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Non Alcoholic Fatty Liver Disease (NAFLD) affects people who drink little to no alcohol.

@riflemanz64, @troyhenn22, @marjou, @deloresthanasse, @rashida, and anyone that I unintentionally omitted - I am a liver transplant recipient that was caused by a different liver disease, and I want to support you and encourage you in any way I am able.
- Here is information from Mayo Clinic Patient Care and Health Information. It is my intention that this resource will be beneficial as you continue your journey with NAFLD as you continue to share your experiences as a way to support each other in this discussion.

"As the name implies, the main characteristic of NAFLD is too much fat stored in liver cells.
Some individuals with NAFLD can develop nonalcoholic steatohepatitis (NASH), an aggressive form of fatty liver disease, which is marked by liver inflammation and may progress to advanced scarring (cirrhosis) and liver failure. This damage is similar to the damage caused by heavy alcohol use."

Nonalcoholic fatty liver disease

@rashida, How long have you known that you had fatty liver disease? What kind of treatment are your doctors suggesting?

@troyhenn22, What questions do you have about NAFLD? How can we help you?

@riflemanz64, I can see that you care deeply about your brother. Is he under the care of any doctor? Has the doctor talked with him about the alcohol/liver connection? I hope that your brother will seek the support of his medical team if he is interested to stop with alcohol.

@trellg132, Ity has been a while since you posted. How are you doing?

@deloresthanasse, How long have you been living with fatty liver disease? Are you being followed by a doctor? What kind of information does he/she use to check your liver health?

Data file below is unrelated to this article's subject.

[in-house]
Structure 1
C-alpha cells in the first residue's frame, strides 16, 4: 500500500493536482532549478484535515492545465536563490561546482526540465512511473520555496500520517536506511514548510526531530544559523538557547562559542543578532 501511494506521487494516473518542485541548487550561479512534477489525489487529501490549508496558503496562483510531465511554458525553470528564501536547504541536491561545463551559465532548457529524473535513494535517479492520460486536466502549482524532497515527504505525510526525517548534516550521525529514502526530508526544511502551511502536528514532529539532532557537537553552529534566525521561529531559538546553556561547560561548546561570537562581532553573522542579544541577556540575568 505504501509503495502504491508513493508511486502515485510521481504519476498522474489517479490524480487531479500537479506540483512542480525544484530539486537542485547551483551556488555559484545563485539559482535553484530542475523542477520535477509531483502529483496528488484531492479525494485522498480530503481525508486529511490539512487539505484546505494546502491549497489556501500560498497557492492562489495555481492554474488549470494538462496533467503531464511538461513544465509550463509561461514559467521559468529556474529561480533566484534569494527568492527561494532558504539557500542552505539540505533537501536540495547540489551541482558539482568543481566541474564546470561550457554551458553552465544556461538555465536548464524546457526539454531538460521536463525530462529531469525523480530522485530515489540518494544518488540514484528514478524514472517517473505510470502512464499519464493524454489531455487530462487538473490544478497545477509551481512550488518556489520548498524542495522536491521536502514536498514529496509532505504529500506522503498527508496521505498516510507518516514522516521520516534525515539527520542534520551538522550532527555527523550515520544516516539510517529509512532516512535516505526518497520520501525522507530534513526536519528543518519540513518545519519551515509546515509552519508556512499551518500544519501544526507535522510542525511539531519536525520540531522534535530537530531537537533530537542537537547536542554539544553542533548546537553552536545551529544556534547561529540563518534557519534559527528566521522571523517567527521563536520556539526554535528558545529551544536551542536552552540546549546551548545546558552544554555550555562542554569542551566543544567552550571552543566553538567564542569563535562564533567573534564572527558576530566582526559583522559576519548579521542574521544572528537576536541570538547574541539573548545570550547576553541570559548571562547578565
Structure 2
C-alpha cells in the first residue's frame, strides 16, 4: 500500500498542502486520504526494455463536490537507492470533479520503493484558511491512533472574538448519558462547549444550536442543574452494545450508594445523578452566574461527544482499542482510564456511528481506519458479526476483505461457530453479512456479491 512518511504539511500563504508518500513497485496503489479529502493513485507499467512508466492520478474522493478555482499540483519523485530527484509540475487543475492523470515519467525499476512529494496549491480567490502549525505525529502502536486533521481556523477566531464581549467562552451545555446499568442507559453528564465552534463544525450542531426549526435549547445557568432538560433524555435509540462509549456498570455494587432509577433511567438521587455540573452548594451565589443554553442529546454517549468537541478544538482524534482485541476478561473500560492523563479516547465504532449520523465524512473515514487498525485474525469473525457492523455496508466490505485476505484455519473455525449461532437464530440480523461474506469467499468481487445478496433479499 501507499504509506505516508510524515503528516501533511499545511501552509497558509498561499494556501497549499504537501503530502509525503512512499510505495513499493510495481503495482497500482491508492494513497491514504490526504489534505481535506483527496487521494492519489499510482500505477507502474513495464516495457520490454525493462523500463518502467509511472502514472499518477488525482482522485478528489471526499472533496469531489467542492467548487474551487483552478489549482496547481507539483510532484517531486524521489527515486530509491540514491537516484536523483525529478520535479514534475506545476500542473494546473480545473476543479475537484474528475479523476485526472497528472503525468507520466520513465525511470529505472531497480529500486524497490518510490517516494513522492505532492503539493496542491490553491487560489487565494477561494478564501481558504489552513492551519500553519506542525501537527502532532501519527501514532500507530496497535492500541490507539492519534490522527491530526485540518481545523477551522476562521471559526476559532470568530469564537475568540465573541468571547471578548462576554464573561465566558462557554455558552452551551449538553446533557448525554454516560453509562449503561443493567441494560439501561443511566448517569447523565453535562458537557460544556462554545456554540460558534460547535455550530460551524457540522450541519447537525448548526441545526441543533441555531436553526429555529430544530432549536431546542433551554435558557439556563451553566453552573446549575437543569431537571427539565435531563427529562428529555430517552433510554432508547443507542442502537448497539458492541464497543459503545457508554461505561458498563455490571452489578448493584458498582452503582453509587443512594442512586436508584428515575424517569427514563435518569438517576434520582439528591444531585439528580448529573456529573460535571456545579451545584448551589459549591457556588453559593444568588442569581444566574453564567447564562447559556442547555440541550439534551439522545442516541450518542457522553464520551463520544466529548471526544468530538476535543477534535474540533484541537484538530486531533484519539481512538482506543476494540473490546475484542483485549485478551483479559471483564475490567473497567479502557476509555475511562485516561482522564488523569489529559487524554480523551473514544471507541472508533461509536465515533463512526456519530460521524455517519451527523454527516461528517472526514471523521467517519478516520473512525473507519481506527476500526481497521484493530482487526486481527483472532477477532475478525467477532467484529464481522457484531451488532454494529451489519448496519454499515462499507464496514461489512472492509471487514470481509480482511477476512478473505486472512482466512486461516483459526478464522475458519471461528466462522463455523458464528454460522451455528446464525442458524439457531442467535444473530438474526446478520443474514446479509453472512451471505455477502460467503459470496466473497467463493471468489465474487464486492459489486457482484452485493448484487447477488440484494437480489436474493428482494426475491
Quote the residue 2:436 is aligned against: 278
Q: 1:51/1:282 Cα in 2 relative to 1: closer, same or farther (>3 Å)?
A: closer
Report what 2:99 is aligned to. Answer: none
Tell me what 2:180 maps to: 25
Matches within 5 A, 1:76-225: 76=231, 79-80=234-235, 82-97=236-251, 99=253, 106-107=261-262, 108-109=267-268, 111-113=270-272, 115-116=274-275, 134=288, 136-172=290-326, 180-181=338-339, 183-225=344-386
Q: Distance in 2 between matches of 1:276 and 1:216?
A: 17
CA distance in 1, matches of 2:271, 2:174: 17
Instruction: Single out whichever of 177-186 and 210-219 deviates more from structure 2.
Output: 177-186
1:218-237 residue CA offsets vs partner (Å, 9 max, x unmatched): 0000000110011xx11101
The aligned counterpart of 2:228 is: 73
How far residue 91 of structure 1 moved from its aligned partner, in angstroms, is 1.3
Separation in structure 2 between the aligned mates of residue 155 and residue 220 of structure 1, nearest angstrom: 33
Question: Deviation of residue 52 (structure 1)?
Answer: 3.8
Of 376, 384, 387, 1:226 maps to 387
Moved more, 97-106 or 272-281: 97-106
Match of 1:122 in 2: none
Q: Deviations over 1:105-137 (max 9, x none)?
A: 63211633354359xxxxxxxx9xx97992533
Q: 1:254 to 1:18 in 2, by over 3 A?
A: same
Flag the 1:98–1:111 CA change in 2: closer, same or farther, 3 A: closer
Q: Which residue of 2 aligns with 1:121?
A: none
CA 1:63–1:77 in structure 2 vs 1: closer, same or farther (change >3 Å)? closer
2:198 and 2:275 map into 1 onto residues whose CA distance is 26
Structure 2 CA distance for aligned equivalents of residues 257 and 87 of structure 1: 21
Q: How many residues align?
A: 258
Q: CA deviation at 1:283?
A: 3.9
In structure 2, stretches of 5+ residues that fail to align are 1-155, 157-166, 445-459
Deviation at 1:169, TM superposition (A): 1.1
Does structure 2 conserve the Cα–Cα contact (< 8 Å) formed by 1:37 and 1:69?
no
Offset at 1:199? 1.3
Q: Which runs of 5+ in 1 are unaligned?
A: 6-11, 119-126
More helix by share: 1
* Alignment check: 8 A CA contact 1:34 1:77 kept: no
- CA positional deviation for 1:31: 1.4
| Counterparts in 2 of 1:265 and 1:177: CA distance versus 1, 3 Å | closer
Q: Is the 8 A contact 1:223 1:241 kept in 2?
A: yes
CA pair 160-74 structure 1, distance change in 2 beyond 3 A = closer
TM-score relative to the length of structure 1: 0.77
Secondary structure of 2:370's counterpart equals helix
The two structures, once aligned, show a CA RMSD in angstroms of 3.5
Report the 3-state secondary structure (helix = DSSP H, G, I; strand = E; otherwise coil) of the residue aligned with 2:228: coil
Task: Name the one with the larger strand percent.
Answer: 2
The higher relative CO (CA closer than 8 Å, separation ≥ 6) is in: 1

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Replies to "Non Alcoholic Fatty Liver Disease (NAFLD) affects people who drink little to no alcohol. @riflemanz64, @troyhenn22,..."

No nash was seen in the ultrasound I took a week ago

I tell my brother again after his blood tests for his physical. He was turned down for long term care insurance due to his fatty liver.

@rosemarya thank you for the Mayo Clinic link. I was diagnosed in 2005, discovered through an ultrasound done because of some other complaint. I was put on a statin drug, told to change my eating habits, lose some weight, etc. When I was heavier I also was borderline diabetic but after losing weight and reducing sugar intake I am no longer borderline. The fat in my liver is reduced but I doubt if my liver will ever be completely fat free because I think medications cause fatty liver too. I have been on medications over the years for various other conditions like fibromyalgia, anxiety, psoriasis, hypothyroid, etc. and I have read that drugs can also cause/trigger fatty liver. My doctors keep an eye on my liver to make sure it stays within accepted levels.

I have experienced various degrees of pain in my upper right quadrant but a CT scan and ultrasounds don’t show anything. I also have an uncomfortable bulge for at least ten years on the right side just below my waist, to the right of my abdomen, which gets bigger by the end of the day. Been to various doctors and they all shrug their shoulders and say they don’t know what is causing it because the CT scan and ultrasound sounds show nothing. I have asked repeatedly for an MRI but no doctor thinks that is necessary, although I feel an MRI may show something a CT scan may not. I have just resigned myself to living in pain and discomfort. In Canada all referrals to specialists have to follow government health guidelines; i.e., our health insurance is run by the government and it approves the drugs and procedures a medical practitioner can order. I do not have, and cannot afford, private health insurance.

Sorry, I am not very good at getting across what I want to say, or should say. Others can put my thoughts into words better than I can, which is why I am on these threads - to learn and understand and deal with my various health problems by reading similar problems by other fellow sufferers.